• Educate: Don’t shy away from, or refuse to talk to, your child about the real dangers and influences of social media use. Talk to them about the images they see and how they are not realistic or real. Explain how they are filtered and altered, only showing the perfect side of someone’s life. Tell them how social-media use, or overuse, can lead to anxiety, depression and low self-esteem as well as feelings of envy and jealousy. Explain to them how social media can make them feel as if they are less worthy than others.
  • Reducing the stigma: Baruch Hashem there have been inroads in our community regarding mental health stigma, but sadly there is still a long way to go. There are parents who refuse to get help for their children with issues such as speech, anxiety or OCD because they are worried about what that will lead to for them and their family further down the road. It is even worse for those struggling with an eating disorder. Many go untreated for fear of the stigma. We need to realise that those in need of help for their mental and emotional health should be treated equally to those in need of medical intervention for a physical disease or ailment.
  • Education, prevention and increased awareness: Developing a healthy relationship with food must start at a young age, as attitudes and perceptions that may ultimately contribute to disordered eating are developed in children as young as five. Parents, educators and health professionals need to understand that our community has unique risk factors for disordered eating and eating disorders and know how to recognise the symptoms and signs that accompany them. Programs must also be instituted in schools to bolster self-compassion and body acceptance and reduce the focus on outward appearance. The focus must be on physical health, not on weight or body size.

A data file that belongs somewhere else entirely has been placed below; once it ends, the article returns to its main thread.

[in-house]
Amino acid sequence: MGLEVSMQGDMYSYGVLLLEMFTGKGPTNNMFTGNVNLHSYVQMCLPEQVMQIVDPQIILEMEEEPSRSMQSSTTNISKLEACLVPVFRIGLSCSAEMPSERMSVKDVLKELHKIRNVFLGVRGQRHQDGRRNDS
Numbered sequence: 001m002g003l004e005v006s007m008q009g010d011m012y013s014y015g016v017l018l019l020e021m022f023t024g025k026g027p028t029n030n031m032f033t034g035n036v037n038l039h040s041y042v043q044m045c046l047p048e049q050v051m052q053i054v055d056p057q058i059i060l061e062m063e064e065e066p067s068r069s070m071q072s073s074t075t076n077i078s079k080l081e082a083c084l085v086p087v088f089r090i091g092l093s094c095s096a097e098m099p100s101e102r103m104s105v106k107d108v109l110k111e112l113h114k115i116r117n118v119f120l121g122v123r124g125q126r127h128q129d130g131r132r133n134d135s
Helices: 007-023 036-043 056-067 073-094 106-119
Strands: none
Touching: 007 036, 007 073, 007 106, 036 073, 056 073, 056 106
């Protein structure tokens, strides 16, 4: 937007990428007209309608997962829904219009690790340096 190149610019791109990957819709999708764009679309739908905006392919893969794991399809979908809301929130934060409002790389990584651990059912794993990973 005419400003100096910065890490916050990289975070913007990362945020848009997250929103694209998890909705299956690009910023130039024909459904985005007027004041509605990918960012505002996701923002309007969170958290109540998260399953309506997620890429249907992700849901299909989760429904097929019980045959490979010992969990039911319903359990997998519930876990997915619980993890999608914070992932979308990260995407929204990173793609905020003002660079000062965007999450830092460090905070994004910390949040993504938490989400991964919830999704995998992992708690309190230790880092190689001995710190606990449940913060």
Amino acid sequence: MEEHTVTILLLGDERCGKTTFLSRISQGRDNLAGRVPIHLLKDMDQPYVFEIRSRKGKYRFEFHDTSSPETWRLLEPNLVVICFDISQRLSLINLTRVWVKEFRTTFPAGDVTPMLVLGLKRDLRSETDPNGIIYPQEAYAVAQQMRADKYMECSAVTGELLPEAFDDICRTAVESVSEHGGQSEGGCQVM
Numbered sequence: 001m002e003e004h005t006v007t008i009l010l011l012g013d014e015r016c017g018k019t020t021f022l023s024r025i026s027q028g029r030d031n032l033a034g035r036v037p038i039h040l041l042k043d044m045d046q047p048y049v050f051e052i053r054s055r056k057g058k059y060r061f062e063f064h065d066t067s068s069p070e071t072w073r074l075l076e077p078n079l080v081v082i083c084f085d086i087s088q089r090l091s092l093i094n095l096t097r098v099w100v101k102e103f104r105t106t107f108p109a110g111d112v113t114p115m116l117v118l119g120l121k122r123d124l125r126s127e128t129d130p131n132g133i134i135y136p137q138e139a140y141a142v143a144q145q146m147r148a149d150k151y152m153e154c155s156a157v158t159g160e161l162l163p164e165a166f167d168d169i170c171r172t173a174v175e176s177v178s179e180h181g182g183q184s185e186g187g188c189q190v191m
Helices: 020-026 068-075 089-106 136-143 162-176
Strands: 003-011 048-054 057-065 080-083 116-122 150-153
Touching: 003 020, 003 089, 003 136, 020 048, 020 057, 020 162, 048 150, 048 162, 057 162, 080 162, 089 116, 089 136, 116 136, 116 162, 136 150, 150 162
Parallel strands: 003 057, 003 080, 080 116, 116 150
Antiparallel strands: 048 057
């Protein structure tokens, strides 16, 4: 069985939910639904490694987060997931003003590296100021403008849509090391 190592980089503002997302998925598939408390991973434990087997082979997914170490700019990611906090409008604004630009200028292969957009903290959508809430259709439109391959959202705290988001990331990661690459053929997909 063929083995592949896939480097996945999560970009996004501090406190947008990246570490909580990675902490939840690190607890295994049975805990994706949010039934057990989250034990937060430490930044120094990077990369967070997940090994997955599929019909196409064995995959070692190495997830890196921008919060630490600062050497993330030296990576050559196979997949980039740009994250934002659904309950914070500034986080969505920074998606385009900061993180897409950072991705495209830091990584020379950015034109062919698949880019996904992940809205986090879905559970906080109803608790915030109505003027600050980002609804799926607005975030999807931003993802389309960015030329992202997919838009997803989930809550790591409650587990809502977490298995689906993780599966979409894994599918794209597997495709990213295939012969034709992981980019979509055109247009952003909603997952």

Being beautiful, both inside and out is part of being holy. Taking care of our physical body is as important as taking care of our soul. We actually bring out the beauty of our soul through proper care of our body. Rav Avraham Isaac Kook said that sometimes “we forgot we have a holy body that is not less than our holy spirit”. We must remember to treat it with respect and dignity and with the utmost care.